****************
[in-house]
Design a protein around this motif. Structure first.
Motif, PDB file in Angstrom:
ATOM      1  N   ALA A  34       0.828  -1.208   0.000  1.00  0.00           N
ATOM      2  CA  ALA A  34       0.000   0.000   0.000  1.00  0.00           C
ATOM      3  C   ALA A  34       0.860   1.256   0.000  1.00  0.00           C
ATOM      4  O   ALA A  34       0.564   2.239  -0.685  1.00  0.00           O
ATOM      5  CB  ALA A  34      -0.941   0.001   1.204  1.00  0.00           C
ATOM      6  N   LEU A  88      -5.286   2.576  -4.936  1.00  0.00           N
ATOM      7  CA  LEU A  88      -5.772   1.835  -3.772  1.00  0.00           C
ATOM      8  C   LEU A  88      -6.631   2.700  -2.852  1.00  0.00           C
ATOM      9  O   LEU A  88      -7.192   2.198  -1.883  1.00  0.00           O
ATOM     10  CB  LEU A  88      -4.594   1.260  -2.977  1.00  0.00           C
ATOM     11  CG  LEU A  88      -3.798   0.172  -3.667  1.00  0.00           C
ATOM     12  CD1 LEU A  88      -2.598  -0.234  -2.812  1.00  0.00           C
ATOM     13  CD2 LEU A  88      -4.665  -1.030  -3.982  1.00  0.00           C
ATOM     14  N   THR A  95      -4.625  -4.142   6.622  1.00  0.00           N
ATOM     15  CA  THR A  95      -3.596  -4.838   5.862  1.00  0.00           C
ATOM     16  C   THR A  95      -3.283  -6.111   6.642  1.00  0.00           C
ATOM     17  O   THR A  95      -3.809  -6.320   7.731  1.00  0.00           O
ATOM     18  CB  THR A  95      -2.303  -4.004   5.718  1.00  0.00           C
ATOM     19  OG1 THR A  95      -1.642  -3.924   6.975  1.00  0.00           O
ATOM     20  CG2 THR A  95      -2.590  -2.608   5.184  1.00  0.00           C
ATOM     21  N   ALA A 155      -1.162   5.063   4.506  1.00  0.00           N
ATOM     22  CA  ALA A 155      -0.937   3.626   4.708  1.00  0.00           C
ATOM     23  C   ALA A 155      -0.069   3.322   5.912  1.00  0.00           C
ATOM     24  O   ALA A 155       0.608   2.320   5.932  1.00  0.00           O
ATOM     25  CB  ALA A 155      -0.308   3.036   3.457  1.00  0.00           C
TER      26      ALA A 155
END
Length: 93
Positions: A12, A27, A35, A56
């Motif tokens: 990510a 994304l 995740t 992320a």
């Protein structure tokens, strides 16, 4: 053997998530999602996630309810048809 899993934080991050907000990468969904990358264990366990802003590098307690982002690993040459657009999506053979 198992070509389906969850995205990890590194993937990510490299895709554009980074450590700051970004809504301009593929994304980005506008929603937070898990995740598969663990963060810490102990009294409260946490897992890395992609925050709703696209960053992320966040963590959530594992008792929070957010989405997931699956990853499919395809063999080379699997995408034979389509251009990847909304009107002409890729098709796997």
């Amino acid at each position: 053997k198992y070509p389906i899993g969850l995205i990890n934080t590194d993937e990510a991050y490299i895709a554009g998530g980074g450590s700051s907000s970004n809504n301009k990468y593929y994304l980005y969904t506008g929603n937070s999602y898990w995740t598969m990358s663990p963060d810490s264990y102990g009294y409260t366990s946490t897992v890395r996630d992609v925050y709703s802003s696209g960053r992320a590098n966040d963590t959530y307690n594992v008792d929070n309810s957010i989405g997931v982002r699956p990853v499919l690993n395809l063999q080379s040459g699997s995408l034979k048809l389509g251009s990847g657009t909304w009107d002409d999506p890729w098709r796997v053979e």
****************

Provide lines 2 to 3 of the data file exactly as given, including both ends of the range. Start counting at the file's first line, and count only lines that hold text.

Design a protein around this motif. Structure first.
Motif, PDB file in Angstrom: